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Home is where the salon is
Publication Date : 03-12-2013
In Japan, women who run salons at home are referred to as “salonese”
As she poured a cup of tea for a friend at her home, Hiromi Minato got down to business. “Can you see the tea leaves moving in the teapot? This is called ‘jumping,’” Minato said as the water sent the leaves swirling.
This relaxing scene was actually a demonstration. Minato, 41, is preparing to open her own tea salon at her home in Chigasaki, Kanagawa Prefecture, next spring. Her friends had been invited to the mock hourlong lesson to help her practise instructing how to prepare tea.
Seventeen years ago, Minato married and quit her job at an insurance company. She was busy with household chores and child-rearing, but started to wonder whether she could get more out of life.
She then learned about women who run home “salons”. This prompted her to think about changing her lifestyle as a stay-at-home mom. She already had certificates in teaching black tea-making and flower arrangement, both of which are her hobbies, and decided to utilise her skills to open a salon.
Minato spent about 15,000 yen (US$146) to buy teapots and spoons for the class, while trying to cut down initial expenditure to stay within her budget.
Women who run salons at home are referred to as “salonese”—a term reportedly coined by women’s magazine Very. Very published an article titled “Everyday is a happy day! We’re salonese” in its April 2005 issue and referred to certain women living in metropolitan areas, such as executives’ wives, as salonese.
At that time, the word “salonese” conjured up an image of financially secure urban women. But these days, a more diverse range of women, such as Minato, are starting up their own salons, and they are no longer confined to major cities.
Kitchen maker Cleanup Corp. introduces salonese on its website “Dreamia salon”. As of the end of October, 1,225 people had registered as salonese on the site. Many are in their 30s and 40s.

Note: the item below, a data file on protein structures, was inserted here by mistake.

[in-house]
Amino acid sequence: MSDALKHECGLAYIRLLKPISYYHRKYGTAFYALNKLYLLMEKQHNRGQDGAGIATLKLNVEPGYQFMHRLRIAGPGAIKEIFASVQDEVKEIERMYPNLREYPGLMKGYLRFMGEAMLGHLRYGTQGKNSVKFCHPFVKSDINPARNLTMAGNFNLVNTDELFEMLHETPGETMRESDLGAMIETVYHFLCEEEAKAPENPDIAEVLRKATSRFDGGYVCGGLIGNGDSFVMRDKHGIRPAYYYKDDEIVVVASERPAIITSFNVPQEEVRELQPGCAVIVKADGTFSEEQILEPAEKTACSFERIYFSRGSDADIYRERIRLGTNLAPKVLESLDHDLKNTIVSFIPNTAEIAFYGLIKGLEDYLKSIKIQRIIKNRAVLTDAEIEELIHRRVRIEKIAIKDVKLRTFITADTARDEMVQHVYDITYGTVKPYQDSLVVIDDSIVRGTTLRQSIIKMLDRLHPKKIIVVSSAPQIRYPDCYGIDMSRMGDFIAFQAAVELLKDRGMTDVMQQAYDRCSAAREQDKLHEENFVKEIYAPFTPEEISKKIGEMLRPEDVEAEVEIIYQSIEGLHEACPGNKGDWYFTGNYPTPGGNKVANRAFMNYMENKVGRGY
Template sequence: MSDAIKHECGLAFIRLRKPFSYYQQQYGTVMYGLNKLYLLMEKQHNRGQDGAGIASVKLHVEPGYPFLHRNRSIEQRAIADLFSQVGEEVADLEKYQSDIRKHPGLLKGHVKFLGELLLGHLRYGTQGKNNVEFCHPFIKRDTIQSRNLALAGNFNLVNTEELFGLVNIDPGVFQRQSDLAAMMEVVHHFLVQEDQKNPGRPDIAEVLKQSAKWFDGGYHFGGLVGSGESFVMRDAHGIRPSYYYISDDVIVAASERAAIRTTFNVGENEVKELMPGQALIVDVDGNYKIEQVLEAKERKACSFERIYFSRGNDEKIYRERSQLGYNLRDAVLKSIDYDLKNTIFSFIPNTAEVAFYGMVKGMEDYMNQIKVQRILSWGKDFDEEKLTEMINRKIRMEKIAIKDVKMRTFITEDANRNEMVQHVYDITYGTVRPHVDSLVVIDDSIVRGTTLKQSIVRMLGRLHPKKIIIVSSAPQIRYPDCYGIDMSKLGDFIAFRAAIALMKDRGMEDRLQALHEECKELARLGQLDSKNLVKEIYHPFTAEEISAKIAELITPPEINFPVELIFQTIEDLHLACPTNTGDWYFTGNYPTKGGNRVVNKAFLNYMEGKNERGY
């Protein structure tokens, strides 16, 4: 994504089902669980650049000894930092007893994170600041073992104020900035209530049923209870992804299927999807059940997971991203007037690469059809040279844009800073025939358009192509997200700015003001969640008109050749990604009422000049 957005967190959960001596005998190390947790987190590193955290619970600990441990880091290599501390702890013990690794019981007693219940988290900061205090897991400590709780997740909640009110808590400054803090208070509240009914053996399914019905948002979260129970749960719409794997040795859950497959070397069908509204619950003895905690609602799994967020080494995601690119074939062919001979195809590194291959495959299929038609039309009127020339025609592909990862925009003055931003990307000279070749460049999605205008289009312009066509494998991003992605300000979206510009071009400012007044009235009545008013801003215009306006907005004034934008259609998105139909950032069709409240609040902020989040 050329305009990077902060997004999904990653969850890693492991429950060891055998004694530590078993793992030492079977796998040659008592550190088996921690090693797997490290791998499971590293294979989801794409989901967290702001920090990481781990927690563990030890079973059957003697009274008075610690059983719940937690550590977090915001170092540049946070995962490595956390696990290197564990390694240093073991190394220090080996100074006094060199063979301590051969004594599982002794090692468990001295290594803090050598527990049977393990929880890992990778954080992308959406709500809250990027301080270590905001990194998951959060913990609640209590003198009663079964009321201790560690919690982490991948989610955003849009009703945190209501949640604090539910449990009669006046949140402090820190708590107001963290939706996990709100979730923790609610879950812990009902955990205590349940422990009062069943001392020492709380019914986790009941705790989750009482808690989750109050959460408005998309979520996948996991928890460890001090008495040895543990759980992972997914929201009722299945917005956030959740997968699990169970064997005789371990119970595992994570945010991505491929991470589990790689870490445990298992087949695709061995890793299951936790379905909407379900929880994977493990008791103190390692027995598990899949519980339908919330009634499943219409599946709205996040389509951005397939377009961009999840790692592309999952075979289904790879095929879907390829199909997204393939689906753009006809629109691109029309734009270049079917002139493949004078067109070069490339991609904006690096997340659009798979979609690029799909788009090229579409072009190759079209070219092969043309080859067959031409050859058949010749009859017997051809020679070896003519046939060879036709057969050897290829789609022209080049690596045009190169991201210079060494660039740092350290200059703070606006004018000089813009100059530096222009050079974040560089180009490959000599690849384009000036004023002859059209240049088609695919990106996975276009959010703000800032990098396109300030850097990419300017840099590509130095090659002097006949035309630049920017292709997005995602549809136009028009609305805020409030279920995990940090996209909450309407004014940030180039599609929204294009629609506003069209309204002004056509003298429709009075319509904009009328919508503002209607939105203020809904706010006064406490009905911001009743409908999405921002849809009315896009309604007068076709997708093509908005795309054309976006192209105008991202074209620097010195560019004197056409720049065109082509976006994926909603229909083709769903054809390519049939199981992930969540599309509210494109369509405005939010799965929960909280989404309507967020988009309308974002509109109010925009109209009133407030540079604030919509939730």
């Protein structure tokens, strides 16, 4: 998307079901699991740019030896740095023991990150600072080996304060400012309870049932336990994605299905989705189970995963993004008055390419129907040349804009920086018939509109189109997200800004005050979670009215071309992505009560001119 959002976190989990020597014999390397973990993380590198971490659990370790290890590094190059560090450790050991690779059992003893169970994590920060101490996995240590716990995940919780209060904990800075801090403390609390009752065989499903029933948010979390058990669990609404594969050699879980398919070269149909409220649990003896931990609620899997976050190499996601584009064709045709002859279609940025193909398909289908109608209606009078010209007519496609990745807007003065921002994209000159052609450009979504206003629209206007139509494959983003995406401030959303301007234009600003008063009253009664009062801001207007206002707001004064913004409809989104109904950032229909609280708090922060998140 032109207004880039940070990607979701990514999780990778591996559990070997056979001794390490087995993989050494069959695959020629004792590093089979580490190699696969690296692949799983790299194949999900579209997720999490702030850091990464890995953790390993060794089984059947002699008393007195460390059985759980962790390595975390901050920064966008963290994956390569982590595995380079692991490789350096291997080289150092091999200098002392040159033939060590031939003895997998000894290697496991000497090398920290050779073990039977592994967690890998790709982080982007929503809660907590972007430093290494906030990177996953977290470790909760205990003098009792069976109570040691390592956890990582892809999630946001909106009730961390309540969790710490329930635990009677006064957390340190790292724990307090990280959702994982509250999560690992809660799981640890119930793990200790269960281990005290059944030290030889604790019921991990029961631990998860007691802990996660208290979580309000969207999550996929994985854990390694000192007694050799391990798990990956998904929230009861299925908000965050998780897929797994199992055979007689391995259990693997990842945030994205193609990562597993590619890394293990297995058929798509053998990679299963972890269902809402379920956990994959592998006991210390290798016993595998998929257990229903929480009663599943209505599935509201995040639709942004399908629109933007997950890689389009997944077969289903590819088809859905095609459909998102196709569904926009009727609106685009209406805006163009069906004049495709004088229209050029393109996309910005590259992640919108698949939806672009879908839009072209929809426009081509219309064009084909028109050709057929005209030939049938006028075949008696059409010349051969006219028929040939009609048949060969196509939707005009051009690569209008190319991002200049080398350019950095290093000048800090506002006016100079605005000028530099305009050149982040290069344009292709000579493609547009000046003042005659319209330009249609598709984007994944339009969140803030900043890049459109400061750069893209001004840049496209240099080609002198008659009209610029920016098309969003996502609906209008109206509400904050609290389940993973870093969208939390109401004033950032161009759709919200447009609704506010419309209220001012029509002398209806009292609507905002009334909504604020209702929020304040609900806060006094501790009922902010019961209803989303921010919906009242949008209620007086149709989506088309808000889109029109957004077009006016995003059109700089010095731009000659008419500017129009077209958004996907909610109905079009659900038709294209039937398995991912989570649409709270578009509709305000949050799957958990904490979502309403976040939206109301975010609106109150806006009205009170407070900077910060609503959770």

The company asked them why they became interested in opening a salon. Forty-four per cent of respondents said they wanted to do what they really liked, 16 per cent said it gives them the flexibility to do things at their own pace, and 8 per cent said it allows them to keep working while raising children.
The subjects instructed at these salons vary from flower arrangement, sugarcraft, interior coordination and aromatherapy to techniques in cleaning and becoming more organised.
Nahoko Negishi, editor in chief of Keiko to Manabu, a magazine published by Recruit Lifestyle Co., said operating one’s own salon was not as difficult as one might expect. “Opening a salon is relatively easy because you can casually gather a number of students,” she said.
Many salonese post updates and information about their lifestyles on their blog or Facebook, while promoting their salons.
“People who feel they relate to the bloggers’ lifestyle tend to join the blogger’s salon, and many eventually become big fans,” Negishi added.
Ayumi Hiranuma, 29, in Tokyo has a certificate in dietary management and teaches cooking at her condominium. Using ordinary ingredients commonly available at supermarkets, she produces beautiful dishes with careful attention to the final presentation.
Hiranuma’s class is so popular that it’s often difficult to make a reservation. In September, she published a recipe book titled “Shimpuru de ‘Otona Kawaii’ Motenashi Reshipi” (Simple, yet ‘cute adult’ recipes for guests). The book was published by SB Creative.
Her salon caters to small groups of four students, and the fee is between 3,000 yen ($29) and 4,500 yen ($44) per class. Hiranuma said her salon breaks even, as it costs money to purchase cooking utensils and ingredients.
“I feel my job is rewarding when I see my students look happy. I’m also happy to know that what I do is appreciated,” Hiranuma said.